Can’s one-of-a-kind birdcages have garnered such renown over the years that visitors from near and far make trips to his once-sleepy village to catch a glimpse of his unique works.
“Each birdcage I make is one of a kind,” said Can, who hopes his newfound fame will help transform Phu Duong Commune into one of the newest tourist attractions in Hue, the capital of Thua Thien-Hue Province in central Vietnam.
“They can’t be copied because they are completely handmade.”
Talent ‘blooms’ from bamboo
The most ornate style of birdcage Can produces is called Thap Bat La Han (Eighteen Arhats) – a name which pays homage to those Buddhists who have found spiritual enlightenment.
Each of these cages features hand-carved bamboo panels created with stunning levels of detail and accuracy.
Can’s sophisticated carving skills are the product of nearly three decades of practice.
Once a well-known carpenter, a lumber shortage in the community forced Can to move away from traditional woodwork and begin working with bamboo. Of course, making the switch was a serious adjustment for him.
“The small chisels I used for wood were not suitable for bamboo. I had to learn to carve with new, special chisels that were meant only for bamboo,” Can explained.
Eventually, he mastered the art of bamboo carving, began creating birdcages and, by the end of the 1990s, his unique bamboo cages were selling for VND10 million (US$427) to VND40 million ($1,709) each.
Though Can’s work had earned him a solid reputation in the woodwork world, it was not until the 2009 Vietnamese Handicraft Village Festival in Hue City that he officially turned the corner from ‘well-known’ to ‘renown.’
At the festival, guests were so overwhelmed by Can’s Thap Nhi Hoa Giap Quan Tien (Twelve Flowers with Fairies) cage that he took home first prize in the event’s National Arts and Crafts competition.
Can considered his success at the festival a true turning point in his career.
“After [I won] the award, a Thai man known for breeding birds visited me at home and asked me to create a birdcage similar [to the cage that won the National Arts and Crafts award],” Can recounted.
“After I explained to him that each cage was hand-carved and couldn’t be recreated, he agreed to let me make him a new design and wound up buying it for about $10,000.
“I don’t remember the price of gold at the time, but I remember my wife used the money to buy several taels of gold [1 tael equals 37.5 grams].”
The talented artisan showed your correspondents the birdcage named Thap Bat La Han, which is being made and will be shipped to the U.S. soon.
He said he has sold thousands of birdcages to many countries in recent years, most of them to the U.S., France, Japan, and Thailand.
“My birdcages are unique because they are handmade,” Can said.
“I have spent years teaching others how to make such distinctive bamboo birdcages.
“I also work with a few people who create birdcages from wood, which is easier than making ones from bamboo.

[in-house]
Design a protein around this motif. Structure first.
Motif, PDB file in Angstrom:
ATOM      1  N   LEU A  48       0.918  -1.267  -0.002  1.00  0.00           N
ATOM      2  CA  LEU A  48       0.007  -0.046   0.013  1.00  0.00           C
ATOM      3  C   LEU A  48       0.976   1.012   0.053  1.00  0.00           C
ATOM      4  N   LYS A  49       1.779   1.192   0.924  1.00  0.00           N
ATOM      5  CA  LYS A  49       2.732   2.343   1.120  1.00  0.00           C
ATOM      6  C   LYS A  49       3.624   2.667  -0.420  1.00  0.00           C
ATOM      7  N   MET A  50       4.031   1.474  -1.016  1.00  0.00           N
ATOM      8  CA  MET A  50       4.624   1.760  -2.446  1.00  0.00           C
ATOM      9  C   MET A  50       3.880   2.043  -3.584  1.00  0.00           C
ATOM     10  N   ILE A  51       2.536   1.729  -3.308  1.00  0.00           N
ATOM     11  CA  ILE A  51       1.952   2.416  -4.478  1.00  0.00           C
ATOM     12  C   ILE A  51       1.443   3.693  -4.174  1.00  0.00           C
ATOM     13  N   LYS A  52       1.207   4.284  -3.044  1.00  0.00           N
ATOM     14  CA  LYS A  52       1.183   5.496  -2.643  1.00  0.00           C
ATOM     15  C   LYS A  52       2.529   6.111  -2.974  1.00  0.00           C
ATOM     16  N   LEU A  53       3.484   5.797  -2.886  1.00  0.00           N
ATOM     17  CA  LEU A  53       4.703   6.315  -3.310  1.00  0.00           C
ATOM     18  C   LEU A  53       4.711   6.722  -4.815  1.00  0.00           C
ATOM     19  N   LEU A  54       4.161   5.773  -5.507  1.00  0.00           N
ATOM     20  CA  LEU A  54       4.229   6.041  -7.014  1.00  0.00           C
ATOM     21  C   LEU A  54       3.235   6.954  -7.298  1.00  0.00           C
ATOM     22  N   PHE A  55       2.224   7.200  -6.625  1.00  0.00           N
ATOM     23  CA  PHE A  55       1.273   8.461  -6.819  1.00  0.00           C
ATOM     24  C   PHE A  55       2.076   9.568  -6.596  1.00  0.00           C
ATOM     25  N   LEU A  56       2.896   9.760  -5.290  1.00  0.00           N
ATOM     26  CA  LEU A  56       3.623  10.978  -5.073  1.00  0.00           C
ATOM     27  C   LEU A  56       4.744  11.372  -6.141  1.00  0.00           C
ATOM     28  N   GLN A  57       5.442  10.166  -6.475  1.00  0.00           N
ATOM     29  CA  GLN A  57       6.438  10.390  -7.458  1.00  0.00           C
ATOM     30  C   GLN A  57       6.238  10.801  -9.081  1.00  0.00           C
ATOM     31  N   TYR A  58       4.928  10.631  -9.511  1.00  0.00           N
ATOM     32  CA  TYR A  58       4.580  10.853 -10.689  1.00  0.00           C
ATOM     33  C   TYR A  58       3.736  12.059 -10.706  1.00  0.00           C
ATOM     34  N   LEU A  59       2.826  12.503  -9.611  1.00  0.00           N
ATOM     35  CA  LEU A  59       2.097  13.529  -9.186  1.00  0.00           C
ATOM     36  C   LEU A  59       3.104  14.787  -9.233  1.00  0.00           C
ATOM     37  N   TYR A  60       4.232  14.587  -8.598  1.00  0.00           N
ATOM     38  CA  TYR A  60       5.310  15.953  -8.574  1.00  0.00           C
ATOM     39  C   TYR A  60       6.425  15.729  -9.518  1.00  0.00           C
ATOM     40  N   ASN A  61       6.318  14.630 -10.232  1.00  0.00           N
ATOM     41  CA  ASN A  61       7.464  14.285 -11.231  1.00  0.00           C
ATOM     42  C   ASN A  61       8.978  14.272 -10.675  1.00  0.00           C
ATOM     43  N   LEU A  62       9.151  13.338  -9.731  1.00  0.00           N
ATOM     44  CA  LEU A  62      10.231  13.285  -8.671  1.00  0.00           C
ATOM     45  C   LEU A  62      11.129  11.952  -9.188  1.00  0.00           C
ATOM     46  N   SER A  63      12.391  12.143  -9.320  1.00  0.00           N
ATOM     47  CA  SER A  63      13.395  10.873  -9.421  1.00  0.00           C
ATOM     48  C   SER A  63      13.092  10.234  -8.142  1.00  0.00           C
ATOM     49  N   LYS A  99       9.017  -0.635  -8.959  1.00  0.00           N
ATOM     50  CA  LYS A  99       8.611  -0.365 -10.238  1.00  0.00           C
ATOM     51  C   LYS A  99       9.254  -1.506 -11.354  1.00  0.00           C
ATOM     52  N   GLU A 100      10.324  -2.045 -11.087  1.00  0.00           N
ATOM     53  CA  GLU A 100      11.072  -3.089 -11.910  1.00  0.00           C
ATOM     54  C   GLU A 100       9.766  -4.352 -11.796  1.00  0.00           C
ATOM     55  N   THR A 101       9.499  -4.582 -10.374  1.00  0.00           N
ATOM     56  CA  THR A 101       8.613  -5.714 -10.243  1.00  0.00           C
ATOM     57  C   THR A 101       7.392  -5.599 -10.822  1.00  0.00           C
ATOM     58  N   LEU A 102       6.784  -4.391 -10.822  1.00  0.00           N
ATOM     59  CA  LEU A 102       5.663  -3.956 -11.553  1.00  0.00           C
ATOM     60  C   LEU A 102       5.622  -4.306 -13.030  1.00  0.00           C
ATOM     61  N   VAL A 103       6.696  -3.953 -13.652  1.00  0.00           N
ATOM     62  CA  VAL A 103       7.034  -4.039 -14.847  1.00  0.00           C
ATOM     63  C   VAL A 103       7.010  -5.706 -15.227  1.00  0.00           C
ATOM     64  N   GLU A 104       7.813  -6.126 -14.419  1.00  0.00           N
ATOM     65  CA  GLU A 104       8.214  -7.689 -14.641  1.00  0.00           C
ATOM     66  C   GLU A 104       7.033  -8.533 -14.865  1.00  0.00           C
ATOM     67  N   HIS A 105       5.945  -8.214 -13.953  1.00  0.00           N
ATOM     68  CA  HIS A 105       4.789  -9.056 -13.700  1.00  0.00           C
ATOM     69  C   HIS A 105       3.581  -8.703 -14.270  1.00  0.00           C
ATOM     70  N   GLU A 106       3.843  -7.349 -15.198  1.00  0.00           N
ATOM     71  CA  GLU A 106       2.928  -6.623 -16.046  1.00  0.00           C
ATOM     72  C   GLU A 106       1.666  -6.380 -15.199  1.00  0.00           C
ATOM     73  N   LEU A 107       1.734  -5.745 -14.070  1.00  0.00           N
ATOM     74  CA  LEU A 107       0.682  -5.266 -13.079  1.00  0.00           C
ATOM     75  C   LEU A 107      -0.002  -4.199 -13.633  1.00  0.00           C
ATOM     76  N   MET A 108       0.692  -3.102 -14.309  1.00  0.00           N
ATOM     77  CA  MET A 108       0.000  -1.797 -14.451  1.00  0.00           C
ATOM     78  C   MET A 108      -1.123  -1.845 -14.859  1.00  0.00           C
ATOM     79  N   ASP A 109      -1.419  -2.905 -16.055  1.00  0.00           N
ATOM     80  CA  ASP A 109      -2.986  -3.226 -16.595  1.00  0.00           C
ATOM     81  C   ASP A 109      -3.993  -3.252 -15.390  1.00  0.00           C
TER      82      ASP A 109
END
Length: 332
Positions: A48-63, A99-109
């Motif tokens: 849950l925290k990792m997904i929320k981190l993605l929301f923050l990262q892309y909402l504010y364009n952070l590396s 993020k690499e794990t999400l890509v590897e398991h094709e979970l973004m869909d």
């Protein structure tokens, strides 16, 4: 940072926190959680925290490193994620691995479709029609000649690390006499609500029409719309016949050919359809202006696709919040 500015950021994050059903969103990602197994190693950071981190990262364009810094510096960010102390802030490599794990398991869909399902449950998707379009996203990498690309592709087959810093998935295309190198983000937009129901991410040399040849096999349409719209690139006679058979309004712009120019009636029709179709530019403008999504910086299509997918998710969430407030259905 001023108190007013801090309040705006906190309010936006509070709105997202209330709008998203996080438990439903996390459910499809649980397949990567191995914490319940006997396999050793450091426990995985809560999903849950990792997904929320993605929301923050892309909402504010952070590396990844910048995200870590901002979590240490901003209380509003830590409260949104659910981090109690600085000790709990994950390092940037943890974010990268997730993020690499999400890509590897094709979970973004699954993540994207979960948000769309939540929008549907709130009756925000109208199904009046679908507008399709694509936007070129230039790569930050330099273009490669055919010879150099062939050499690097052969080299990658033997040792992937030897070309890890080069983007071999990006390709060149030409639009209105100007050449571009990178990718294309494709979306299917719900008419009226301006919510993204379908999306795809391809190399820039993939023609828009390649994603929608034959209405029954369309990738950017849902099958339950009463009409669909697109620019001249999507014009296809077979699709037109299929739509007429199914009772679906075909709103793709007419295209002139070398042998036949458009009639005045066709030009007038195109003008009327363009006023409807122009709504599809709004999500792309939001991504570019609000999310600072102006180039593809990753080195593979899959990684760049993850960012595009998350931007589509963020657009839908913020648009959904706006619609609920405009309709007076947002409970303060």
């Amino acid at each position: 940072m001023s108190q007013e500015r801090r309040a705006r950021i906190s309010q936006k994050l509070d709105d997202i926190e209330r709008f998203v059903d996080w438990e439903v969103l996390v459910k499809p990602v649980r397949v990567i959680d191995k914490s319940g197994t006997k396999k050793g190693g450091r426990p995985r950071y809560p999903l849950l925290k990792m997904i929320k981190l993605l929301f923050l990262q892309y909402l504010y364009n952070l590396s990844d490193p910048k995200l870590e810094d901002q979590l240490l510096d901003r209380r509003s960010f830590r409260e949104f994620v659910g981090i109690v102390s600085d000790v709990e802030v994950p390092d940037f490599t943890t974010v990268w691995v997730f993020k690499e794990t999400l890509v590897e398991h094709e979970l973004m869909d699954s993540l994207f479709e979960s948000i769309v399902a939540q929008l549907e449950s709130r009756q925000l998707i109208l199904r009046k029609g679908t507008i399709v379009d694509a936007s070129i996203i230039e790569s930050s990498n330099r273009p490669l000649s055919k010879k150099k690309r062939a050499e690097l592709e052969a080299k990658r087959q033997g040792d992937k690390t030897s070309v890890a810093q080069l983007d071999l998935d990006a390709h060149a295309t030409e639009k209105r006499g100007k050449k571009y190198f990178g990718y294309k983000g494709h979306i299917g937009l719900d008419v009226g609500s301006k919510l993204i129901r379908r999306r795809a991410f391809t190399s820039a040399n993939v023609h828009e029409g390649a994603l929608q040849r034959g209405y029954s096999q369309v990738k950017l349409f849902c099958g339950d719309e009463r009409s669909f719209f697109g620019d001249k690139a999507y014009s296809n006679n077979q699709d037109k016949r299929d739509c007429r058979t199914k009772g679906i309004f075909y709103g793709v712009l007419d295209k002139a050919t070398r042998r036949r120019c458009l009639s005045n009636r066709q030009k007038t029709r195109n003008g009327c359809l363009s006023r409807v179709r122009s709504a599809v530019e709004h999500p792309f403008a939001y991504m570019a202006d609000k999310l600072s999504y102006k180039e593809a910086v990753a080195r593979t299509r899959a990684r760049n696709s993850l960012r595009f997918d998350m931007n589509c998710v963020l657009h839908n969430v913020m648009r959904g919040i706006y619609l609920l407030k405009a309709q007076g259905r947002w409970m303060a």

“Many of these people are able to make a living from selling their work to customers nationwide.”
|Exquisite carvings adorn Doan Minh Can’s Eighteen Arhats birdcage. Photo: N. Linh / Tuoi Tre
A future tourism village
Can’s fame has boosted his business so much that he now employees 10 other craftsmen and his house has become somewhat of a ‘must-see’ tourist attraction in Hue, with visitors from all over the world making their way to his workshop to see his unique birdcages up close.
He welcomes these guests and even takes the time to show them various carving techniques.
Now, with business finally recovering following a two-year COVID-19 shutdown, Can has his sights set on the future.
“I have never before charged a fee to visitors, but I now want to charge a service fee for them to see my carvings and to even try making birdcages for themselves,” Can explained.
“I plan to use these fees to pay for scholarships and training, or to help people in need.”
Can also works to transform his village into a true craft village – an idea which has garnered enthusiastic support from Hue authorities.
According to Ha, Can’s wife, the Phu Duong Commune People’s Committee has plans to help the family obtain a 200-square-meter plot of land near a local community house that will serves as a workshop and exhibition space.
In order to help make this dream a reality, Can spends a great deal of time teaching bamboo-carving techniques to other artisans.
“I hope we can build a bamboo birdcage artisan village that can be passed down to future generations,” he said.
“Why does our country have so many excellent artisans, but not the same level of quality craft villages they have in China, Thailand, and South Korea?
“Their products are not always as good as ours, but they are better than us at selling visitors on the products and the stories that surround those products.
“They can do it, so can we.”
|Artisan Doan Minh Can (right) teaches a young apprentice how to carve a bamboo birdcage. Photo: T. Mai / Tuoi Tre